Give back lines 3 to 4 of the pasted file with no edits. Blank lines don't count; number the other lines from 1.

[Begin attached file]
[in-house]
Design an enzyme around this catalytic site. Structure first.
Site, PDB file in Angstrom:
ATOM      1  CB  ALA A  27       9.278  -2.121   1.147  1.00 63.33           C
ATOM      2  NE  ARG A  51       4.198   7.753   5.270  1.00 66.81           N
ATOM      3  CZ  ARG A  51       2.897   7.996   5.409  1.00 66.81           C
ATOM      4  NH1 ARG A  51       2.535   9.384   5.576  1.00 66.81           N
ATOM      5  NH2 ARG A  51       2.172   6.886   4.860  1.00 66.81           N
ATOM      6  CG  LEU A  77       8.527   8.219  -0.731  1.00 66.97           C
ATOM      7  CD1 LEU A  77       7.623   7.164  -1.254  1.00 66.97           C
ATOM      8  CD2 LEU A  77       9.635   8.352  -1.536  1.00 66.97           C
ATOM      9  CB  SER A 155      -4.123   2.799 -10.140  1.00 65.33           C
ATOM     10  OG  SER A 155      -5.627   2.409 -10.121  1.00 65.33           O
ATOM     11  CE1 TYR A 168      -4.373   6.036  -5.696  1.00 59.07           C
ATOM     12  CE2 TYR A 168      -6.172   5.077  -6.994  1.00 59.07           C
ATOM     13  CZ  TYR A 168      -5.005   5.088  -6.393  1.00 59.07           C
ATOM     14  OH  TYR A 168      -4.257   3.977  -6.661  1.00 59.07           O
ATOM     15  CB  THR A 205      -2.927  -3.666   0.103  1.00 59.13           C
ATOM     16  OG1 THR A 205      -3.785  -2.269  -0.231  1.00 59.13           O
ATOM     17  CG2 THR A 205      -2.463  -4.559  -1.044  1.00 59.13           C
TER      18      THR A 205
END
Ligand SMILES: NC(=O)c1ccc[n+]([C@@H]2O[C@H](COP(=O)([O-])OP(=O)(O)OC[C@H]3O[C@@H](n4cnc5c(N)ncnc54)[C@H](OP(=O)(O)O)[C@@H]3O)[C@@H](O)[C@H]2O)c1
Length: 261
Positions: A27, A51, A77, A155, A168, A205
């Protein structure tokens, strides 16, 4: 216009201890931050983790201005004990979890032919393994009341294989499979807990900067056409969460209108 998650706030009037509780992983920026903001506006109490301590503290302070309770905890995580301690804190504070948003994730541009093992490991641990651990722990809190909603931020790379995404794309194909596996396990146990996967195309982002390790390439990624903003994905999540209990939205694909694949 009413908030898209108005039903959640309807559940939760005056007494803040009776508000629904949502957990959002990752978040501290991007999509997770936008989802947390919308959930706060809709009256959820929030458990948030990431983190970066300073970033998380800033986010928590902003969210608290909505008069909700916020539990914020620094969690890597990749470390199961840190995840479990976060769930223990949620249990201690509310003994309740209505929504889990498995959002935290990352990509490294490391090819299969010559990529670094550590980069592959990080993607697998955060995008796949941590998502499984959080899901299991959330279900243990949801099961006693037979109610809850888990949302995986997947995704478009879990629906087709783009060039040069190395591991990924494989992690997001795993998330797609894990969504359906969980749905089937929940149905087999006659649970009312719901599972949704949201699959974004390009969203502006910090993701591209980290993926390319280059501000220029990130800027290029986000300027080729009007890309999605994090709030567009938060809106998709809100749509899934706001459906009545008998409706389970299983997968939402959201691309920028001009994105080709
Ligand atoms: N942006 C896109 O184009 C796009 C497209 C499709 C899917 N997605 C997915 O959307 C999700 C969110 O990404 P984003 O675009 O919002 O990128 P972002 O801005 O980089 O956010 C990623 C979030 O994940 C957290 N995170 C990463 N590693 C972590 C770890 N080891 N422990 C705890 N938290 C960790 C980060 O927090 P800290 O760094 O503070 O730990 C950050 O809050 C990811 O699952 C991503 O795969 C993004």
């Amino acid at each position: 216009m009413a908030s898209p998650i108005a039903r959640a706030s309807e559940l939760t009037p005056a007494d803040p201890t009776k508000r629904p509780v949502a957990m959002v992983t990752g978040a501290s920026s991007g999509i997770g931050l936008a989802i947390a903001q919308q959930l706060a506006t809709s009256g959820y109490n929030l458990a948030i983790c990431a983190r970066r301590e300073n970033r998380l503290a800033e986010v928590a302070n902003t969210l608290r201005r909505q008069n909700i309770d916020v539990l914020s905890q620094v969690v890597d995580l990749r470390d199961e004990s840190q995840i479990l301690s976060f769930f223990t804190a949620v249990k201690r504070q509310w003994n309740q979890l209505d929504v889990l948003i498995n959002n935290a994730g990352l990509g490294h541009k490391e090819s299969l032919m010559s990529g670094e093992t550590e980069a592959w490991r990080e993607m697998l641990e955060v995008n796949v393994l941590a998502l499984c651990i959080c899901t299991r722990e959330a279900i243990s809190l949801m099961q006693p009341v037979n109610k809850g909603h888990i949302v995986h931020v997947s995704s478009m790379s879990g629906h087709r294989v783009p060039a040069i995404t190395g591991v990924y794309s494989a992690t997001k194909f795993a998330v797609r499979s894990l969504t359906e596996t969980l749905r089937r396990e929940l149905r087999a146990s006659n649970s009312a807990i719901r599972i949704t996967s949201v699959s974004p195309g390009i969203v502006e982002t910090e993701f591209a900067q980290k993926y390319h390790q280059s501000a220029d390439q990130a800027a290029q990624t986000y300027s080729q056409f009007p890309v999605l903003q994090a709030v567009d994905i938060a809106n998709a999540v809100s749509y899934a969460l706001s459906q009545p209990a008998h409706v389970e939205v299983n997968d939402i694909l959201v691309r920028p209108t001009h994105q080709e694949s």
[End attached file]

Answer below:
Site, PDB file in Angstrom:
ATOM      1  CB  ALA A  27       9.278  -2.121   1.147  1.00 63.33           C